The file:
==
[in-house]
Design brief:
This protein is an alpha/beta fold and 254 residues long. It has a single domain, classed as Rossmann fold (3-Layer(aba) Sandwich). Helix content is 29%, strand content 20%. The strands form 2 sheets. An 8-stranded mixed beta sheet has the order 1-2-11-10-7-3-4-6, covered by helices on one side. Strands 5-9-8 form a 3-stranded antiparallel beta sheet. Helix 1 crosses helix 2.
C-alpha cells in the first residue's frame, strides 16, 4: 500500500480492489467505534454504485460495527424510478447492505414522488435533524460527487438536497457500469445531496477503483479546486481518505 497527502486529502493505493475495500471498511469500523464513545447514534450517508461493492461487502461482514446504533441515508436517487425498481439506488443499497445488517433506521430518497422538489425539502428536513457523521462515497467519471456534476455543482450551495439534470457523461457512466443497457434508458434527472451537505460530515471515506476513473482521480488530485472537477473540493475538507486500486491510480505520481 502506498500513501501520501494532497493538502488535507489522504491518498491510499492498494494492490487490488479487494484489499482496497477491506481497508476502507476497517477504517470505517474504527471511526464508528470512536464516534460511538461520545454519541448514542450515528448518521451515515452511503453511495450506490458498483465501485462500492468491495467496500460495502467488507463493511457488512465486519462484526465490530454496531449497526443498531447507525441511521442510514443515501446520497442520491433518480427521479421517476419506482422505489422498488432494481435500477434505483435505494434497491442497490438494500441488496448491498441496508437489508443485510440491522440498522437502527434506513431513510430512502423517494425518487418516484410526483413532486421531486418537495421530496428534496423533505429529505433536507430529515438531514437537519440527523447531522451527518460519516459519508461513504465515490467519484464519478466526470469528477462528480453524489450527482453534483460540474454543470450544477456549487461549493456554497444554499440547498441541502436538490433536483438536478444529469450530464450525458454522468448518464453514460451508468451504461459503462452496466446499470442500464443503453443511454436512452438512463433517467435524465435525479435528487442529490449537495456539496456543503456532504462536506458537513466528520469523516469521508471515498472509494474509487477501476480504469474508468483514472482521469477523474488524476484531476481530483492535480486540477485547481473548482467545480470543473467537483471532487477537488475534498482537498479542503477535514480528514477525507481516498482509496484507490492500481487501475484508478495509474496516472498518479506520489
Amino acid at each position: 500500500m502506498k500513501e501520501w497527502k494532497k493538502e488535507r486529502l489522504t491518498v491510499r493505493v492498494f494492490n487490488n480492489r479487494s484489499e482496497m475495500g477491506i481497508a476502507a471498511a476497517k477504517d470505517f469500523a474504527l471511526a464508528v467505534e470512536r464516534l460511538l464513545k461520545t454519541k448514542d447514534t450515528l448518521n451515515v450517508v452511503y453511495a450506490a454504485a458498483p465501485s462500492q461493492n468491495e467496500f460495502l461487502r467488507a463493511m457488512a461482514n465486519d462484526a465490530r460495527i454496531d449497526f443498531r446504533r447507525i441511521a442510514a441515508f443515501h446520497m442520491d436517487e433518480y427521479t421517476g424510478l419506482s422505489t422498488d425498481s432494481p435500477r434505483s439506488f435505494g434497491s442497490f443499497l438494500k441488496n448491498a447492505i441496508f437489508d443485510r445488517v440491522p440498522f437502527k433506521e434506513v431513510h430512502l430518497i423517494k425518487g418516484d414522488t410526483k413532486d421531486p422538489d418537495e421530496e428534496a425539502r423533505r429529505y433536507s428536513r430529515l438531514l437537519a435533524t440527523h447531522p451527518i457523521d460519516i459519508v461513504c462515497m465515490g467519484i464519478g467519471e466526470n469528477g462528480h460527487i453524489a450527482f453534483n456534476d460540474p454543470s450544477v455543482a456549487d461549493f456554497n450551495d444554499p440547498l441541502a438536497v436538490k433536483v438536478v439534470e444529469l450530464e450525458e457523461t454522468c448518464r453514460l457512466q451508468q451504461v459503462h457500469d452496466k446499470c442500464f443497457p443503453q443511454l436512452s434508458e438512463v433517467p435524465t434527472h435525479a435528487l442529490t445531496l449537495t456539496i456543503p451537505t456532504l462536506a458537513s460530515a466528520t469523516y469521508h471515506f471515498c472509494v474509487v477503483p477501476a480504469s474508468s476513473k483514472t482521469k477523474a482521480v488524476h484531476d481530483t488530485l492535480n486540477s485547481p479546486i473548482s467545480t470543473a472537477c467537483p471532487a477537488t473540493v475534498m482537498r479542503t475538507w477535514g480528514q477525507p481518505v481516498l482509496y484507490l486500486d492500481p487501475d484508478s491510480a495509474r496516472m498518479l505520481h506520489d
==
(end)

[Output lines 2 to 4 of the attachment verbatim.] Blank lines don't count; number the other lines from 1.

Design brief:
This protein is an alpha/beta fold and 254 residues long. It has a single domain, classed as Rossmann fold (3-Layer(aba) Sandwich). Helix content is 29%, strand content 20%. The strands form 2 sheets. An 8-stranded mixed beta sheet has the order 1-2-11-10-7-3-4-6, covered by helices on one side. Strands 5-9-8 form a 3-stranded antiparallel beta sheet. Helix 1 crosses helix 2.
C-alpha cells in the first residue's frame, strides 16, 4: 500500500480492489467505534454504485460495527424510478447492505414522488435533524460527487438536497457500469445531496477503483479546486481518505 497527502486529502493505493475495500471498511469500523464513545447514534450517508461493492461487502461482514446504533441515508436517487425498481439506488443499497445488517433506521430518497422538489425539502428536513457523521462515497467519471456534476455543482450551495439534470457523461457512466443497457434508458434527472451537505460530515471515506476513473482521480488530485472537477473540493475538507486500486491510480505520481 502506498500513501501520501494532497493538502488535507489522504491518498491510499492498494494492490487490488479487494484489499482496497477491506481497508476502507476497517477504517470505517474504527471511526464508528470512536464516534460511538461520545454519541448514542450515528448518521451515515452511503453511495450506490458498483465501485462500492468491495467496500460495502467488507463493511457488512465486519462484526465490530454496531449497526443498531447507525441511521442510514443515501446520497442520491433518480427521479421517476419506482422505489422498488432494481435500477434505483435505494434497491442497490438494500441488496448491498441496508437489508443485510440491522440498522437502527434506513431513510430512502423517494425518487418516484410526483413532486421531486418537495421530496428534496423533505429529505433536507430529515438531514437537519440527523447531522451527518460519516459519508461513504465515490467519484464519478466526470469528477462528480453524489450527482453534483460540474454543470450544477456549487461549493456554497444554499440547498441541502436538490433536483438536478444529469450530464450525458454522468448518464453514460451508468451504461459503462452496466446499470442500464443503453443511454436512452438512463433517467435524465435525479435528487442529490449537495456539496456543503456532504462536506458537513466528520469523516469521508471515498472509494474509487477501476480504469474508468483514472482521469477523474488524476484531476481530483492535480486540477485547481473548482467545480470543473467537483471532487477537488475534498482537498479542503477535514480528514477525507481516498482509496484507490492500481487501475484508478495509474496516472498518479506520489